Additional Math Pages & Resources

Thursday, December 15, 2011

Cold, Clear, Sparkling Water

What makes water appealing to drink? Can elementary math help? Let's see.

Which type of water is most appealing to you (select 1 of 3 answers below):
  1. A glass of luke-warm, 85° F rusty tap water, with a bit of chlorine odor?
  2. A bucket of greenish water with a few particles drifting (or swimming) around the bottom?
  3. A small trickle burping up out of a rusty fountain with greasy kid-prints on the push button?

NONE!  I'd rather go without!, you say? I completely agree with you.

I wondered why we tend to like water that is a bit colder or hotter than we are ... lukewarm or tepid aren't very nice, either for bathing, swimming, or drinking. Too cold is difficult - chattering or cracking our teeth - and too hot burns our tongues or scalds us.

I read that drinking cold water burns calories, as the body has to work to heat the water up. That sounds a bit fishy to me, but you can see here how people try to explain it with math. Other researchers suggest that beverages 10 degrees or less below room temperature are more platable, so we drink more. Of course they are not talking about plain water, but:

"Fluid replacement beverages that are sweetened (artificially or with sugars), flavored and cooled to between 59 and 70° F, should stimulate fluid intake."

Some studies show cooling a beverage will increase consumption between 40 and 80%.

Of course there are calories in sugar-sweetened water (and you get cavities from it, say dentists) or chemicals in artificially-sweetened waters.

Others say that drinking warm water relaxes the mouth and throat, making it a healthier choice. (Yawn).

As long as we are talking additives, here are some numbers that define salinity for you (salt in the water). The unit we are using is parts per million:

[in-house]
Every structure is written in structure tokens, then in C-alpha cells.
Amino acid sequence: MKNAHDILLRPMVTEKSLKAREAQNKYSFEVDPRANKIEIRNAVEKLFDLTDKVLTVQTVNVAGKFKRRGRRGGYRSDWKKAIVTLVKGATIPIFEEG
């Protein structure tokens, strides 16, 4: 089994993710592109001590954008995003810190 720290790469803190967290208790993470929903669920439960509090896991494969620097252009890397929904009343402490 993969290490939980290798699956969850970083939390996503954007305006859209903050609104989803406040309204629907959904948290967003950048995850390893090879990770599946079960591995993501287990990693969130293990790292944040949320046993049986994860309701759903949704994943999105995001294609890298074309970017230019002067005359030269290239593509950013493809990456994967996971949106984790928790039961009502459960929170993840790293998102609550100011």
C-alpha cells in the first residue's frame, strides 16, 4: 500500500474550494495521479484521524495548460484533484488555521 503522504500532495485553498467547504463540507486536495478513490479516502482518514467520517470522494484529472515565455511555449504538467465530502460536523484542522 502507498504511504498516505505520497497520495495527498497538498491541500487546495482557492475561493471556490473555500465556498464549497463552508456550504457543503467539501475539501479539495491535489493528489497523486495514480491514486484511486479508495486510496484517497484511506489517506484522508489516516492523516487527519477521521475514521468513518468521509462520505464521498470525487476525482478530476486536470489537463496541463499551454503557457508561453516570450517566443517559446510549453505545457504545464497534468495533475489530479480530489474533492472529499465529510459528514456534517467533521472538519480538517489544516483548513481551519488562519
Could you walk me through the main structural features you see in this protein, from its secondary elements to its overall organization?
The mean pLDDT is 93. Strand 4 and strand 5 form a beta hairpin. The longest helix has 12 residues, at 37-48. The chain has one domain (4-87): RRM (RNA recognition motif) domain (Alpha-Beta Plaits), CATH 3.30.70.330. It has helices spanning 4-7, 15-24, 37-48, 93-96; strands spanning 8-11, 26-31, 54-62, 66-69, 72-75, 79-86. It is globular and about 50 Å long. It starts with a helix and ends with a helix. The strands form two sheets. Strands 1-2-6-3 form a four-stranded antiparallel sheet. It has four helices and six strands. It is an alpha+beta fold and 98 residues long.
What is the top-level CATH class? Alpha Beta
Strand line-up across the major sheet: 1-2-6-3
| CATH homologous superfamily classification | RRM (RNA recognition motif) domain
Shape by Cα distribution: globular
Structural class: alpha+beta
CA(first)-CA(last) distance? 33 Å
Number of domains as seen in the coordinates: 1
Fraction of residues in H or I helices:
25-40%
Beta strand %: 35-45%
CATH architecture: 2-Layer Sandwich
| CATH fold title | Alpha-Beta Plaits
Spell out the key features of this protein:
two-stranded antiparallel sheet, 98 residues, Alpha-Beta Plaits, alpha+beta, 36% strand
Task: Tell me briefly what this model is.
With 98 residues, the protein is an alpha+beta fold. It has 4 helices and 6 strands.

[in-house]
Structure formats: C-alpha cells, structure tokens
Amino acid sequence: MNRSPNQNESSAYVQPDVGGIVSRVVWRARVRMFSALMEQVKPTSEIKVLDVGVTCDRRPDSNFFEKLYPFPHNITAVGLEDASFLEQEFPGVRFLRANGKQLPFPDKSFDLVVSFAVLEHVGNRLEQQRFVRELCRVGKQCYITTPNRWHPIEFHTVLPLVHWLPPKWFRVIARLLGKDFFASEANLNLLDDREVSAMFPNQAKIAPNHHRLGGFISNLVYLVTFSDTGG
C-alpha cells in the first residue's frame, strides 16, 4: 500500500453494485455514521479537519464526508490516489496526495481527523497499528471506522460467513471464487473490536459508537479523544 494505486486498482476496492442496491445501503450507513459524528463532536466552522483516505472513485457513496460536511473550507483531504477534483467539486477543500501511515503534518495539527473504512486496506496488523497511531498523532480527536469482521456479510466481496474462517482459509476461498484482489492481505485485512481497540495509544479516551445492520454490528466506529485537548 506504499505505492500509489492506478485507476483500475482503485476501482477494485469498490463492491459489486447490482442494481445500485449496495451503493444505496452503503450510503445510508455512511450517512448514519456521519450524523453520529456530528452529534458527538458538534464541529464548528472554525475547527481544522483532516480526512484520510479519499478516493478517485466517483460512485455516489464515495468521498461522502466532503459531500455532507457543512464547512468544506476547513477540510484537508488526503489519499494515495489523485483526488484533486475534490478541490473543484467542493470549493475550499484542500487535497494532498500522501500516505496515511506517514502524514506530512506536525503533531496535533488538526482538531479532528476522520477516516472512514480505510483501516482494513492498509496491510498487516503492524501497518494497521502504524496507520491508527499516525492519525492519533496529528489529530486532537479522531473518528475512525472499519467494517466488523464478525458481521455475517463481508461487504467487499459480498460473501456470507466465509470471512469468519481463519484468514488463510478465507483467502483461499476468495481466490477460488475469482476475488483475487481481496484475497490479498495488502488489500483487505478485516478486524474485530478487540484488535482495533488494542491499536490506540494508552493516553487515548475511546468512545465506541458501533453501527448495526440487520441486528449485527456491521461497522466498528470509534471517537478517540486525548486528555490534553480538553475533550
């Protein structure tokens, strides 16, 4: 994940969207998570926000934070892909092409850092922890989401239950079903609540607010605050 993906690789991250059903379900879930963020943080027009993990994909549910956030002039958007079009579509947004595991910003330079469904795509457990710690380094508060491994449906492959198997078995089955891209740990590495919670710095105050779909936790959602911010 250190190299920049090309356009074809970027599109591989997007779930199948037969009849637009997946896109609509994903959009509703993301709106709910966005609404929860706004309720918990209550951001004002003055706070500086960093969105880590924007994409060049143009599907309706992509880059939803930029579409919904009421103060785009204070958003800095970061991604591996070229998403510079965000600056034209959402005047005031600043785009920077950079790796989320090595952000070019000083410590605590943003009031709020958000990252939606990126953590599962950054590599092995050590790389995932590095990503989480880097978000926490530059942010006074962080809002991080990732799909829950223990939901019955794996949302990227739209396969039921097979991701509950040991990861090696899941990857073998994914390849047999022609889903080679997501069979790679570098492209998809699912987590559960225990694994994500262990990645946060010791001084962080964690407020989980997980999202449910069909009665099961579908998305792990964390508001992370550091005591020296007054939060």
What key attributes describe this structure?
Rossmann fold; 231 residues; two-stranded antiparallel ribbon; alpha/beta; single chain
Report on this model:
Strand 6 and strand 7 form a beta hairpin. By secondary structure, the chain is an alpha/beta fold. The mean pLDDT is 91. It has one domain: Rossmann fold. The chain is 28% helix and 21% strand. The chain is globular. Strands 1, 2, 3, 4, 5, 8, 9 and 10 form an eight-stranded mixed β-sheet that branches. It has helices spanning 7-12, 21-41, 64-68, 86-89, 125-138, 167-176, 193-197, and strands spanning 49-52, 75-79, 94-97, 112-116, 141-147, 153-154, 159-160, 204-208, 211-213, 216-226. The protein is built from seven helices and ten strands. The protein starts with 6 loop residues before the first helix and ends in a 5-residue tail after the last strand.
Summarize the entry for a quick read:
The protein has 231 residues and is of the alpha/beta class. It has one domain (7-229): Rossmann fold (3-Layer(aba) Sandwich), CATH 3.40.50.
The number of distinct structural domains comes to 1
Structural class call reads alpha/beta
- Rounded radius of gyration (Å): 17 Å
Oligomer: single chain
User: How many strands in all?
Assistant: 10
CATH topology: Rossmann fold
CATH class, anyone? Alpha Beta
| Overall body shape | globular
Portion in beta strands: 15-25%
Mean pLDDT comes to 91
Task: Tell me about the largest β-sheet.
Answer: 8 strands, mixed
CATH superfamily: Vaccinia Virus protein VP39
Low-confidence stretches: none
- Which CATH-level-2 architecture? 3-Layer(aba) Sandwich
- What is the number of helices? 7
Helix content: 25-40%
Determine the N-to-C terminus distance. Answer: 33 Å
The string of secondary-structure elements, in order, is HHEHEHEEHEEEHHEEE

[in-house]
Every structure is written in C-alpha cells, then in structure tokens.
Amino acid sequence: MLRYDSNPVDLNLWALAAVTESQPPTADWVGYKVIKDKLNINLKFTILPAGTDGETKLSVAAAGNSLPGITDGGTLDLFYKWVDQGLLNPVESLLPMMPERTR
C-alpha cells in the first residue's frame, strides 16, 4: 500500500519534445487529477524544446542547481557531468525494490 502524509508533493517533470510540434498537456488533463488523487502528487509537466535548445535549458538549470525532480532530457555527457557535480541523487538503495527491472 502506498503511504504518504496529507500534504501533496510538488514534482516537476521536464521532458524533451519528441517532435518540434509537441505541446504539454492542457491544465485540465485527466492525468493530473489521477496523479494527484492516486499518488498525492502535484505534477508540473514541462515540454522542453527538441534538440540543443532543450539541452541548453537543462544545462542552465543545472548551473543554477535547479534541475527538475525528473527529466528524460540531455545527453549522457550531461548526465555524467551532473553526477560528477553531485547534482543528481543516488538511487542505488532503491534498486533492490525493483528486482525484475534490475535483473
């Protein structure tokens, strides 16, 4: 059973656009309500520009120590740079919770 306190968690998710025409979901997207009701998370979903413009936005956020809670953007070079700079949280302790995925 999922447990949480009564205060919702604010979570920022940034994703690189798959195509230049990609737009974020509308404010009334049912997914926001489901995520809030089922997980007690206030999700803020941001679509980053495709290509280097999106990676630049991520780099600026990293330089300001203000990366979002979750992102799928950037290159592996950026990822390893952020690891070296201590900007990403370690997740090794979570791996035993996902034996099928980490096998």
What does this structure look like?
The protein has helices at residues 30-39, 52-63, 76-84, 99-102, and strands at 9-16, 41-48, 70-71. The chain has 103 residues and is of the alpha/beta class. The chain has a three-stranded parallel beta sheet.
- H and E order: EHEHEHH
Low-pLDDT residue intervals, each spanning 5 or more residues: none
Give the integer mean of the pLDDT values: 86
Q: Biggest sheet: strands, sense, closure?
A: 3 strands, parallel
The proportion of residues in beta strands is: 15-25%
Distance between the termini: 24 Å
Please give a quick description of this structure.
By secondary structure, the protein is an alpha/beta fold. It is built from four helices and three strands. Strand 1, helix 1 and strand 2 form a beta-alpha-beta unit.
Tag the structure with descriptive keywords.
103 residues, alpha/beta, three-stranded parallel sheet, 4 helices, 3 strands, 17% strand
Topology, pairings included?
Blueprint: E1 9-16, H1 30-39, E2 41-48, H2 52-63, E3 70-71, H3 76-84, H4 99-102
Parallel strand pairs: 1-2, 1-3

• drinking water - 100 ppm
  • limit drinking water - 1000 ppm
  • limit for agriculture irrigation - 2000 ppm
  • sea water - 30,000 - 50,000 ppm
  • brine / slush > 50,000 ppm


Take out dirt, chemicals and colors. Make it clean and clear. There are many filter systems available - they fit in the garage, or under the sink, or on the counter, or in the refrigerator.

Sometimes water tastes "flat." Air dissolved in water occupies up to four times the space that carbon dioxide consumes, so get the air out of it first by boiling it.

Warm or room-temperature doesn’t taste very good. It doesn't carbonate well either - CO2 dissolves better as water temperature decreases - the closer to freezing the better. 

Mineral salts enhance flavor, which is why mineral waters work well with food, and they are more appealing internally as the correct salinity of water allows it to be integrated more easily into the body.

Carbonation means bubbles of CO2 - adding a tingle and sparkle in your mouth to fire up your sensory and olfactory systems. The bubbles help lift the aromas to your nose and up the back of your throat.

There are lots of things you can add to water, but more than a very small amount means it becomes a "flavored drink" or simply dilutes the other liquid (not always a bad thing).

I'm thirsty - it's off to the Excel Math water cooler for me!